Tuesday, 20 December 2011

Marsupial water slaters

ResearchBlogging.org Water slaters or water-lice, Asellus aquaticus, scurry about the leaf litter of my indoor pond. They are fascinating pond inhabitants, always active, sometimes three individuals walking in a line across the tank walls. Most of the water slaters had broken antennae when I collected them, but they have now grown back, the new segments were still thin and transparent a few weeks ago (above), but have now fully developed. Unlike insects, which have very limited regeneration abilities, crustaceans can regenerate lost or broken appendages - as even when adults they carry on molting, and in each molt, they regenerate a bit more of the missing leg or antenna.

Water slaters tolerate a wide range of ecological conditions and are distributed across much of temperate Europe, Russia and North America. They are often abundant in polluted water and live in lakes, rivers, springs and even caves - where albino subspecies with smaller eyes have evolved. Being scavengers, they just need some detritus and fallen leaves and organic material to subsist.

In the last few days, a female has laid eggs into her brood pouch or marsupium. While she climbed over the leaves beside the tank wall, I took a photo where her yellow eggs are visible through the transparent brood pouch.

The marsupium is made of overlapping flat blades coming out of the female's anterior four pair of legs, and allows the mother to hold the brood under her body. This structure is a common feature of all Isopods - which include also terrestrial woodlice. The female not only carries the eggs but also the developing larvae. The larvae will emerge as miniature versions of the adults (see the figure below).

Fig. I. Marsupial stages of Asellus aquaticus. Top plate: A, stage A showing two membranes (arrows). B, stage B showing one membrane (arrow) and cleft yolk mass. C, stage B shedding membrane to reveal lateral outgrowth (arrow). D. stage C with its comma shape surrounded by a membrane (arrow). Bottom plate: A, stage C shedding membrane (arrow) to reveal stage D with free appendages. B, stage D with lateral outgrowth (arrow) and appendages covered i n a closely-fitting membrane. C, stage E showing setose body and appendages (arrows). It is at this stage that the juvenile leaves the marsupium to become free-living (from Holdich & Tolba 1981)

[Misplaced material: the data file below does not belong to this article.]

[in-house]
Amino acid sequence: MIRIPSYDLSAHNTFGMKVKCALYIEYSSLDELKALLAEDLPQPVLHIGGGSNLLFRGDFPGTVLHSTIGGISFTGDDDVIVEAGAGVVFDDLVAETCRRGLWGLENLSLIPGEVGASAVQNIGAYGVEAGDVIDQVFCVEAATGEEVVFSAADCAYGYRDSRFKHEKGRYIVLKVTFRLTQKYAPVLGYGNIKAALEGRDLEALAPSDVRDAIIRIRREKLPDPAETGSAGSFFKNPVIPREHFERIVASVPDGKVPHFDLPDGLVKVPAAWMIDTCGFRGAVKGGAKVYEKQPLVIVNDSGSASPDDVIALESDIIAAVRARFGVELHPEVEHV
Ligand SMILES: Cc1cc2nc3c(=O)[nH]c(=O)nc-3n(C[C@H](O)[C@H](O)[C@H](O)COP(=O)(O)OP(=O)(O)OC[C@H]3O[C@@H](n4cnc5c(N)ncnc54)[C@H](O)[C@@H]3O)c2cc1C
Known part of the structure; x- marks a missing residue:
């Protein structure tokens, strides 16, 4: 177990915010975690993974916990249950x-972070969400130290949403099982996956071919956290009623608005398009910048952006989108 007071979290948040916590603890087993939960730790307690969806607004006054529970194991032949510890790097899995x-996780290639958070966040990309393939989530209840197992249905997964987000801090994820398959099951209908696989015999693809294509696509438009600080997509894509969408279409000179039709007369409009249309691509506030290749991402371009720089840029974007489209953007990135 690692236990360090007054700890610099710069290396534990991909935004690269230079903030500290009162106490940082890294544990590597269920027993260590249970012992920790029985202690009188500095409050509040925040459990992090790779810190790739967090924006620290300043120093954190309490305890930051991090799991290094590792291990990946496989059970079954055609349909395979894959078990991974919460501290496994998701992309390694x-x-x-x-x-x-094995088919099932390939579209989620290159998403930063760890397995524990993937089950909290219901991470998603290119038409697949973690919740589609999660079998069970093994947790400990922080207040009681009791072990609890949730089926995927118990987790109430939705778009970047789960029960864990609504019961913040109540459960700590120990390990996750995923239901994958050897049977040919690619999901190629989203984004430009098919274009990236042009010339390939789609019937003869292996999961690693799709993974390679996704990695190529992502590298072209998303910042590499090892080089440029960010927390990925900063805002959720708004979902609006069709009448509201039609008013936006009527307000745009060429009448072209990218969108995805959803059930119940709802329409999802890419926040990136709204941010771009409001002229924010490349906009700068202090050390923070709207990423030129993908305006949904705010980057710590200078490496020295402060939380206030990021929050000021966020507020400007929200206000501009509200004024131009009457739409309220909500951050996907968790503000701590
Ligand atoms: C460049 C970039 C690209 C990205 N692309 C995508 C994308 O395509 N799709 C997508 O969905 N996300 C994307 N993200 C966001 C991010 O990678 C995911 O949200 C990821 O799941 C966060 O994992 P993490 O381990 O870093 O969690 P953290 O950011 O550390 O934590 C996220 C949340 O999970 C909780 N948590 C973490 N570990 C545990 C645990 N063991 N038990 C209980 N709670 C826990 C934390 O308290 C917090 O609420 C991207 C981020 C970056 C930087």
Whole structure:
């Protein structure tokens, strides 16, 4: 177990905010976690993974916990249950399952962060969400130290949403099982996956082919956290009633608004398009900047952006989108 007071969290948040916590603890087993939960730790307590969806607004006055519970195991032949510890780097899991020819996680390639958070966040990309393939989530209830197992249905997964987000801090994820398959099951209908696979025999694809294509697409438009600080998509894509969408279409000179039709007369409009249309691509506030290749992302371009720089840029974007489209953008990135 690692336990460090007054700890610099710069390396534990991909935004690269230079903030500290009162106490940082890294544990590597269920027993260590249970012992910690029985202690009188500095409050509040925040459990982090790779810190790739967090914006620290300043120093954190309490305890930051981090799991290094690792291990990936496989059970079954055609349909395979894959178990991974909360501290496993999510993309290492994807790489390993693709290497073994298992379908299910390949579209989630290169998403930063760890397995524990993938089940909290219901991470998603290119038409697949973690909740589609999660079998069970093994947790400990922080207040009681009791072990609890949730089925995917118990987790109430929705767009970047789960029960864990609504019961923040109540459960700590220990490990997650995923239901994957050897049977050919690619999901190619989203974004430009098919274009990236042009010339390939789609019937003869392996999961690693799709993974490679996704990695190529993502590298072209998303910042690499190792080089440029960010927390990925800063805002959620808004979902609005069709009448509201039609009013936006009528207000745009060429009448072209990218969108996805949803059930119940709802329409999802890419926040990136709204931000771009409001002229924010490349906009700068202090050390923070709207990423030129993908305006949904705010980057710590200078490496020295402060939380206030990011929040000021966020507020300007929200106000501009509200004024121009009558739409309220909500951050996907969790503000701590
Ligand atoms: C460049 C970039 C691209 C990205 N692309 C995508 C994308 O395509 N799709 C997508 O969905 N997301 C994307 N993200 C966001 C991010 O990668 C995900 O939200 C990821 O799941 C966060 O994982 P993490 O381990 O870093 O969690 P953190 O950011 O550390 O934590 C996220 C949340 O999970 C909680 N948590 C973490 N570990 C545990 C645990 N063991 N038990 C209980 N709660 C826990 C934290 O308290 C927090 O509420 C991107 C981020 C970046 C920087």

Occasionally females expel some larvae from the pouch - possibly due to physical limitations of how many she can carry as they grow - and larvae can also develop normally outside the marsupium from developmental stage B. Probably they need the ventilation and extra oxygen produced by the mother in the initial stage. Carrying the eggs and larvae is also bound to offer them some protection from predators, so it probably evolved as a form of maternal care.

Although water slaters normally stop reproducing during the coldest months of the year, my indoor pond is warmer than outside, and this might have triggered the start of reproduction; a situation that also occurs in wild populations downstream thermal power stations where water is warm all year round. 

More information

Vitagliano, G., Fano, E., Marchetti, E., Colangelo, M., & Vitagliano, E. (1991). Importance of longevity, growth, and diapause in the evolution of Asellus aquaticus Bolletino di zoologia, 58 (2), 113-117 DOI: 10.1080/11250009109355740

Holdich, D., & Tolba, M. (1981). The effect of temperature and water quality on the in vitro development and survival of Asellus aquaticus (Crustacea: Isopoda) eggs Hydrobiologia, 78 (3), 227-236 DOI: 10.1007/BF00008519


Neil said...

Interesting stuff. I was reading about water slaters and the plates that form the pouch just yesterday

Blackbird said...

Thank you Neil! They are truly fascinating.

SnailMan said...

Hi I have been looking for these critters everywhere. Is there any way I can pay you to ship me some in Los Angeles, California? I have been wanting to breed these in an outside aquarium that I have.